Seeing the film over and over again, year after year, I find it never grows over-familiar. It plays like a favorite musical album; the more I know it, the more I like it. The black-and-white cinematography has not aged as color would. The dialogue is so spare and cynical it has not grown old-fashioned. Much of the emotional effect of “Casablanca” is achieved by indirection; as we leave the theater, we are absolutely convinced that the only thing keeping the world from going crazy is that the problems of three little people do after all amount to more than a hill of beans.
Briefly state your position, state why the problem you are working on is important, and indicate the important questions that need to be answered; this is your "Introduction." Push quickly through this draft--don't worry about spelling, don't search for exactly the right word, don't hassle yourself with grammar, don't worry overmuch about sequence--that's why this is called a "rough draft." Deal with these during your revisions. The point of a rough draft is to get your ideas on paper. Once they are there, you can deal with the superficial (though very important) problems.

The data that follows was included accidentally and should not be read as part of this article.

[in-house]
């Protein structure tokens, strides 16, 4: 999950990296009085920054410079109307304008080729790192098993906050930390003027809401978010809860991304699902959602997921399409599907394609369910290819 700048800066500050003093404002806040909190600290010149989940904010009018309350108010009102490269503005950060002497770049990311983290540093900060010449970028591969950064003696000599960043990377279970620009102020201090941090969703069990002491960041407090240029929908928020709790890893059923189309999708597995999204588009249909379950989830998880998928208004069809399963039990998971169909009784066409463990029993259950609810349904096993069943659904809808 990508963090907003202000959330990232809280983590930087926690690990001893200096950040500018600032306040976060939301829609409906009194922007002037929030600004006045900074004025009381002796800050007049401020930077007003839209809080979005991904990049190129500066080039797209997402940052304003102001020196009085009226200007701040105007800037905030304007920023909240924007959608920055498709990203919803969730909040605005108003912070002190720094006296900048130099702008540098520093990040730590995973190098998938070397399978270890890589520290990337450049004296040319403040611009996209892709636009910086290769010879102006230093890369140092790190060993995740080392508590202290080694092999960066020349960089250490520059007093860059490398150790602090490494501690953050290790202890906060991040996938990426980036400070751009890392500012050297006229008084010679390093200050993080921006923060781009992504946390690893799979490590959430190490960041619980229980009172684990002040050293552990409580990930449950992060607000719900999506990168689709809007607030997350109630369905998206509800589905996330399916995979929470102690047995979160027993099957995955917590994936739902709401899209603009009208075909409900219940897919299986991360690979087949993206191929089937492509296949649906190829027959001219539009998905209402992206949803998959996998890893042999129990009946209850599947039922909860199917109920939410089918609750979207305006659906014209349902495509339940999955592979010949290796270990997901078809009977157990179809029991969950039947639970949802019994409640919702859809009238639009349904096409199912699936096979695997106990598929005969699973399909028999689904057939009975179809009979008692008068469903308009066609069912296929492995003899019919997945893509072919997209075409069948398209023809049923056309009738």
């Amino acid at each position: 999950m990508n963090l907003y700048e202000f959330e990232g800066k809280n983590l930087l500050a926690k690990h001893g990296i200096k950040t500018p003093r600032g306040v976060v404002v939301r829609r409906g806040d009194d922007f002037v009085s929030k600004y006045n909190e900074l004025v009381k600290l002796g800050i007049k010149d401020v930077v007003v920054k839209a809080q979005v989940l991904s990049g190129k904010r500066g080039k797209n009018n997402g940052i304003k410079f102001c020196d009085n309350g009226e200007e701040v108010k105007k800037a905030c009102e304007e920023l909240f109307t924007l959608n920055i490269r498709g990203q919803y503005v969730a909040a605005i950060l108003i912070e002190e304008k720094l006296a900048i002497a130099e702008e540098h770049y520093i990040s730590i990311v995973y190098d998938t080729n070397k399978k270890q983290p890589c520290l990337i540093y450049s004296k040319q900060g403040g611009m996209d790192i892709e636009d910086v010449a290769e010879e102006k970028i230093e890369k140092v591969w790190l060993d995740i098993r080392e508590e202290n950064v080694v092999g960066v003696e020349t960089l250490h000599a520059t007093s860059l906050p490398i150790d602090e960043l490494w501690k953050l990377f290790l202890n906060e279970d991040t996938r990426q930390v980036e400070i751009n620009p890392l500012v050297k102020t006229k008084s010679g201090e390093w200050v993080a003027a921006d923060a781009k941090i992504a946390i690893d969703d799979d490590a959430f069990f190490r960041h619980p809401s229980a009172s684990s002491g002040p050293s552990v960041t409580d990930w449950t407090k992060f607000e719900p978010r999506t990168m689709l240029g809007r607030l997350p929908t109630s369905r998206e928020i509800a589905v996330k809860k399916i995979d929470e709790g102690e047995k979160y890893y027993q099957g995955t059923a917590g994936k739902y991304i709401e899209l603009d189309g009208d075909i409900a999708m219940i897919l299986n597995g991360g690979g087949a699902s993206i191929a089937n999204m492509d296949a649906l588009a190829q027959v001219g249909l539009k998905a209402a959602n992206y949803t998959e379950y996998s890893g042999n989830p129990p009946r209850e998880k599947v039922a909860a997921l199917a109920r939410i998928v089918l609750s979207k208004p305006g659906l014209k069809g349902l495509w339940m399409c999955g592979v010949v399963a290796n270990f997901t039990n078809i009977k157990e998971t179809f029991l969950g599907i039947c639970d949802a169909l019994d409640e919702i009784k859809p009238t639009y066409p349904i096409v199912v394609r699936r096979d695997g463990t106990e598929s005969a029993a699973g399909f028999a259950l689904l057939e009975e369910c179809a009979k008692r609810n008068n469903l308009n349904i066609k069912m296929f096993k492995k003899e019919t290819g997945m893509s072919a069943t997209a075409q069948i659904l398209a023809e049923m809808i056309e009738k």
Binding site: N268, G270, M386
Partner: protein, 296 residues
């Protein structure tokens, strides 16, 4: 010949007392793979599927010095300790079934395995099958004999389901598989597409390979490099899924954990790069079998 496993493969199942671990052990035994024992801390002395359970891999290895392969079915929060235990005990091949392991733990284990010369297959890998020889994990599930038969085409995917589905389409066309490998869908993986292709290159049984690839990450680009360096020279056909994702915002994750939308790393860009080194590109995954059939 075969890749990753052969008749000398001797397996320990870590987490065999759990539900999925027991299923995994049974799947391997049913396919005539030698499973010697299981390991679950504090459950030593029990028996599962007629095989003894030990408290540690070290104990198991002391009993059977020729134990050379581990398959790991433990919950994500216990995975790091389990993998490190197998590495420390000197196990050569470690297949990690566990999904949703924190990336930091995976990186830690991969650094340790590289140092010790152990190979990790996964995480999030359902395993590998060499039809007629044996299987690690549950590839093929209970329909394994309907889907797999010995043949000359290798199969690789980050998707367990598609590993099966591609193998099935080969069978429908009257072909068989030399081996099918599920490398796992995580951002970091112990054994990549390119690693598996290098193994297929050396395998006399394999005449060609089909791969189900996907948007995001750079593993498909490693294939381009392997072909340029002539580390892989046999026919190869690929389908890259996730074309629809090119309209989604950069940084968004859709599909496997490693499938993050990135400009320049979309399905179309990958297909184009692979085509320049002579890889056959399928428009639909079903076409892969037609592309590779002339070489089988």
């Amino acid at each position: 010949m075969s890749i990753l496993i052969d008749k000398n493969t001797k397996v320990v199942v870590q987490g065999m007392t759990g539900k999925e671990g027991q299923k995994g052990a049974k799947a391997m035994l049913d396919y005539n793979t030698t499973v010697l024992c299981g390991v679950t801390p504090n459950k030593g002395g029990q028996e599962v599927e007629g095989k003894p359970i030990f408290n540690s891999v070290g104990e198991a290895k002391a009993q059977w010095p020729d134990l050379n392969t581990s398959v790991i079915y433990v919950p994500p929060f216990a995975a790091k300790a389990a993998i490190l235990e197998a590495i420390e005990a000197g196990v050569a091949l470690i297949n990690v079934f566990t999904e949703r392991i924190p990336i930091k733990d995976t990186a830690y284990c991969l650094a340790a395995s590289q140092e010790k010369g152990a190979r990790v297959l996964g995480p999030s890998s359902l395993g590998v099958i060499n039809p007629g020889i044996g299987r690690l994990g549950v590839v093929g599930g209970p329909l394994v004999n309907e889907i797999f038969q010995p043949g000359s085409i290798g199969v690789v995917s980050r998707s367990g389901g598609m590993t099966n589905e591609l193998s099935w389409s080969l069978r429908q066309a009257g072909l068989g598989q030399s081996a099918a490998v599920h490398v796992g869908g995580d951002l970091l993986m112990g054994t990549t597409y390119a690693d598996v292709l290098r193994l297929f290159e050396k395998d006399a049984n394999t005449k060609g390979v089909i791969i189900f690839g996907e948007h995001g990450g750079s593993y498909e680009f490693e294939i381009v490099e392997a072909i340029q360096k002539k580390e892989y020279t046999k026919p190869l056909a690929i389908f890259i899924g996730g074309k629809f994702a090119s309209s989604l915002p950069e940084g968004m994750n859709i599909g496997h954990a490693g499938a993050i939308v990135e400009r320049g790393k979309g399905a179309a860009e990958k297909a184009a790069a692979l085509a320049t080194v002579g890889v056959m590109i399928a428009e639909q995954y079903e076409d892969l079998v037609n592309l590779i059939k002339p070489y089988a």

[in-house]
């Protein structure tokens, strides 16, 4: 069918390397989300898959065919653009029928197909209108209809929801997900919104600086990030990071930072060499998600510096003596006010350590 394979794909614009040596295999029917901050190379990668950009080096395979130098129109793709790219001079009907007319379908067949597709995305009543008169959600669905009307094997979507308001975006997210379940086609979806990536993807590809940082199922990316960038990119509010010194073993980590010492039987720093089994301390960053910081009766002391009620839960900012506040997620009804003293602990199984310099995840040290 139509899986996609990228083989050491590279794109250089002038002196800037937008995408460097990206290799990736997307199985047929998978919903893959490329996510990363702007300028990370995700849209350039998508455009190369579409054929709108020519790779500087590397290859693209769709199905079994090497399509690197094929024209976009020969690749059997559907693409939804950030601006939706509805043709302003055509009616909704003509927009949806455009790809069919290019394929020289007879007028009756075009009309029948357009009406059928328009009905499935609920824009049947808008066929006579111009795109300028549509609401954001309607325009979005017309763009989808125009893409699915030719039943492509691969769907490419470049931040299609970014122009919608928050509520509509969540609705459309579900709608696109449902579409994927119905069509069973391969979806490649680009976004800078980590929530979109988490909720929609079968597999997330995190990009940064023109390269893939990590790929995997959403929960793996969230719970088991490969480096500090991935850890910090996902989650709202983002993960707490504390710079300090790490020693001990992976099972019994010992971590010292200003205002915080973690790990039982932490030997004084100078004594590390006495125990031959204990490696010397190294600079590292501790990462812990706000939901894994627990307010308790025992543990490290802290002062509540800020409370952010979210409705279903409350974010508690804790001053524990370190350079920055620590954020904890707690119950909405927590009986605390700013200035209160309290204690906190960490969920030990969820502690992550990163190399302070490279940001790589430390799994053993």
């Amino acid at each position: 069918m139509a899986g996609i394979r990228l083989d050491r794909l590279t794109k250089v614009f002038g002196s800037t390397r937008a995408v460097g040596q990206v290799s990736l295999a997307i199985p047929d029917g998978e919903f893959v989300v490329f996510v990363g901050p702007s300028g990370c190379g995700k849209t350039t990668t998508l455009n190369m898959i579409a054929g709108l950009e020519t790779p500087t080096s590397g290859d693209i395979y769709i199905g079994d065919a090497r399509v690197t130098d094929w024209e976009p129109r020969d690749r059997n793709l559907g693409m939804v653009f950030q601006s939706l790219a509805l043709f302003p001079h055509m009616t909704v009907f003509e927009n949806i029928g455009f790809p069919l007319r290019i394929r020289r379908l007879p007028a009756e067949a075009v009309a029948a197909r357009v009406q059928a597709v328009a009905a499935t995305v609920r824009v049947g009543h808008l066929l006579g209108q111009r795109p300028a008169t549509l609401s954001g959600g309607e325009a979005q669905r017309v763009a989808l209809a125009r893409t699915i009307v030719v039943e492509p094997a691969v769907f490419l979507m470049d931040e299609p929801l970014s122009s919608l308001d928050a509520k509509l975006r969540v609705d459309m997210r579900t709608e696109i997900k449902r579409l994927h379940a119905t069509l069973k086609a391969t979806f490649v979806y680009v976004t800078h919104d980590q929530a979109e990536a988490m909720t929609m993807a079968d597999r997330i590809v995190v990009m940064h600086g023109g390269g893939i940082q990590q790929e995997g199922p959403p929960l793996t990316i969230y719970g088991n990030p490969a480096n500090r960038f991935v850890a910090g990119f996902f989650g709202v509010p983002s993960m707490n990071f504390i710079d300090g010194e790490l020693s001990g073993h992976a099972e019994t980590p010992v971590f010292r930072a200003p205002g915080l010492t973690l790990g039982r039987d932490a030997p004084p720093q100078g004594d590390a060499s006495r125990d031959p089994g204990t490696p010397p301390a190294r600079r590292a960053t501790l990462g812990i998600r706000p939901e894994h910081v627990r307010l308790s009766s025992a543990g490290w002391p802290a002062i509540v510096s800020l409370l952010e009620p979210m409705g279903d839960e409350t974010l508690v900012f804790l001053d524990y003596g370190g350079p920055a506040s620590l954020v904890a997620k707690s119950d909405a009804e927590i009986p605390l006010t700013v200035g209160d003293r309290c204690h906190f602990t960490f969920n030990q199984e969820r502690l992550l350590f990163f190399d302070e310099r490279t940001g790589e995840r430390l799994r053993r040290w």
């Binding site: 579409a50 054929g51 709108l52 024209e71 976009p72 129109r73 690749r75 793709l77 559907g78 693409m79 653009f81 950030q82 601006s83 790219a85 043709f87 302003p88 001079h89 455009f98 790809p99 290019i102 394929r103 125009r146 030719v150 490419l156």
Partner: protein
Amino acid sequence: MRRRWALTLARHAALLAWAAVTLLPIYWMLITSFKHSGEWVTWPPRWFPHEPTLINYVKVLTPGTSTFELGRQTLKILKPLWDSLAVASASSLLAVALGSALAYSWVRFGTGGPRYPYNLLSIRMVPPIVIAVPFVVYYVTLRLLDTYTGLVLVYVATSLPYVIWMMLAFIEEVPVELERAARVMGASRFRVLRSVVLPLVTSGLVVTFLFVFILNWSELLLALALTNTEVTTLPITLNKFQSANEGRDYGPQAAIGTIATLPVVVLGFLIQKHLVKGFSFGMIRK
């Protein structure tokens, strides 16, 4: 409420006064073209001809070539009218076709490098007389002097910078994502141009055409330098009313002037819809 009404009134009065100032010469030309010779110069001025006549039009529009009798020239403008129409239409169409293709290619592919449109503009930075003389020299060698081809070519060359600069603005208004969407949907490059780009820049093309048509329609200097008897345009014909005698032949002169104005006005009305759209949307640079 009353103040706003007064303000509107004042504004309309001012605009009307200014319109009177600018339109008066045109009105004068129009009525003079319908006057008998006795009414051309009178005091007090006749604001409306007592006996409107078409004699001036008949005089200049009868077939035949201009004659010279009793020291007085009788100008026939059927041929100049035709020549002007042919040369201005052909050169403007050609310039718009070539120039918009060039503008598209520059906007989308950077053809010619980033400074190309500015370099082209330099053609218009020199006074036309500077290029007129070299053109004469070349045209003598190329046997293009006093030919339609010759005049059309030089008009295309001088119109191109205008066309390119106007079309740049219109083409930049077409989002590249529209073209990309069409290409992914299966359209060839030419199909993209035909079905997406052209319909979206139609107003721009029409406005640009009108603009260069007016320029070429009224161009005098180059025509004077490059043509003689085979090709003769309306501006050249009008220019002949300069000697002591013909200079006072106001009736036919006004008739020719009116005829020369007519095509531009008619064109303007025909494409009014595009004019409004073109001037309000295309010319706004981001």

I go back to The Searchers all the time. A few years ago, I watched it with my wife, and I will admit that it gave me pause. Many people have problems with Ford's Irish humor, which is almost always alcohol-related. For some, the frontier-comedy scenes with Ken Curtis are tough to take, but again, I don't think they mar the film; these interludes are as much a part of the director's universe as Shakespeare's clowns are a part of his. For me, the problem was with the scenes involving a plump Comanche woman ( Beulah Archuletta ) that the Hunter character inadvertently takes as a wife. There is some low comedy in these scenes: Hunter kicks her down a hill, and Max Steiner 's score amplifies the moment with a comic flourish. Then the tone shifts dramatically, and Wayne and Hunter both become ruthless and bullying, scaring her away. Later, they find her body in a Comanche camp that has been wiped out by American soldiers, and you can feel their sense of loss. All the same, this passage seemed unnecessarily cruel to me. But the last time I saw The Searchers , the picture seemed even greater than ever, and it's not that the scene had stopped troubling me; in fact, it troubled me on an even deeper level. In truly great films -- the ones that people need to make, the ones that start speaking through them, the ones that keep moving into territory that is more and more unfathomable and uncomfortable -- nothing's ever simple or neatly resolved. You're left with a mystery. In this case, the mystery of a man who spends 10 years of his life searching for someone, realizes his goal, brings her back and then walks away. Only an artist as great as John Ford would dare to end a film on such a note. In its final moment, The Searchers suddenly becomes a ghost story. Ethan's sense of purpose has been fulfilled, and like the man whose eyes he's shot out, he's destined to wander forever between the winds.